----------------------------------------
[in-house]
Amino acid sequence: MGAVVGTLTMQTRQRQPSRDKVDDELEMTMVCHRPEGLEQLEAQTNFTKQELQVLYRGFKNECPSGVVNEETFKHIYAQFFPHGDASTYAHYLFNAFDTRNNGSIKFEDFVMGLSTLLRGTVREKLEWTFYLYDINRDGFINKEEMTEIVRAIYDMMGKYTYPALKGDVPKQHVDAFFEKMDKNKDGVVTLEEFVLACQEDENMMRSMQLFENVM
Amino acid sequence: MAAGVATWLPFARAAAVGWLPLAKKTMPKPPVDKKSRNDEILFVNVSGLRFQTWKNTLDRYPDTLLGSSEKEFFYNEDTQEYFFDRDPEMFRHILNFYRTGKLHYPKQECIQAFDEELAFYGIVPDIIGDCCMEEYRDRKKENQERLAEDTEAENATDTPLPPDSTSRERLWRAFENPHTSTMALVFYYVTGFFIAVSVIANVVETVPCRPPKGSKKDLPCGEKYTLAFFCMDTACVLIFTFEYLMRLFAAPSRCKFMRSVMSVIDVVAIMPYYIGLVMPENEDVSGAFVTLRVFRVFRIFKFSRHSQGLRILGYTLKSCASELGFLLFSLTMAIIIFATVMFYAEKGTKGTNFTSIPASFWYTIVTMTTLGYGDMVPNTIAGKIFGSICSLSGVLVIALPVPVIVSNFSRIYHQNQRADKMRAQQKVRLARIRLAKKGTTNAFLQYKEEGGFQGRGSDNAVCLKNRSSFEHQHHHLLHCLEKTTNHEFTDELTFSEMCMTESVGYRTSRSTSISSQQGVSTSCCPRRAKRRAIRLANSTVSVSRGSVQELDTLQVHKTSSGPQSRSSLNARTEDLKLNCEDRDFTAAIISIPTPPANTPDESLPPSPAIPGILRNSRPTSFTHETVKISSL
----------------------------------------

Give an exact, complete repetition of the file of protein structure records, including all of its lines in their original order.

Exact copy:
[in-house]
Amino acid sequence: MGAVVGTLTMQTRQRQPSRDKVDDELEMTMVCHRPEGLEQLEAQTNFTKQELQVLYRGFKNECPSGVVNEETFKHIYAQFFPHGDASTYAHYLFNAFDTRNNGSIKFEDFVMGLSTLLRGTVREKLEWTFYLYDINRDGFINKEEMTEIVRAIYDMMGKYTYPALKGDVPKQHVDAFFEKMDKNKDGVVTLEEFVLACQEDENMMRSMQLFENVM
Amino acid sequence: MAAGVATWLPFARAAAVGWLPLAKKTMPKPPVDKKSRNDEILFVNVSGLRFQTWKNTLDRYPDTLLGSSEKEFFYNEDTQEYFFDRDPEMFRHILNFYRTGKLHYPKQECIQAFDEELAFYGIVPDIIGDCCMEEYRDRKKENQERLAEDTEAENATDTPLPPDSTSRERLWRAFENPHTSTMALVFYYVTGFFIAVSVIANVVETVPCRPPKGSKKDLPCGEKYTLAFFCMDTACVLIFTFEYLMRLFAAPSRCKFMRSVMSVIDVVAIMPYYIGLVMPENEDVSGAFVTLRVFRVFRIFKFSRHSQGLRILGYTLKSCASELGFLLFSLTMAIIIFATVMFYAEKGTKGTNFTSIPASFWYTIVTMTTLGYGDMVPNTIAGKIFGSICSLSGVLVIALPVPVIVSNFSRIYHQNQRADKMRAQQKVRLARIRLAKKGTTNAFLQYKEEGGFQGRGSDNAVCLKNRSSFEHQHHHLLHCLEKTTNHEFTDELTFSEMCMTESVGYRTSRSTSISSQQGVSTSCCPRRAKRRAIRLANSTVSVSRGSVQELDTLQVHKTSSGPQSRSSLNARTEDLKLNCEDRDFTAAIISIPTPPANTPDESLPPSPAIPGILRNSRPTSFTHETVKISSL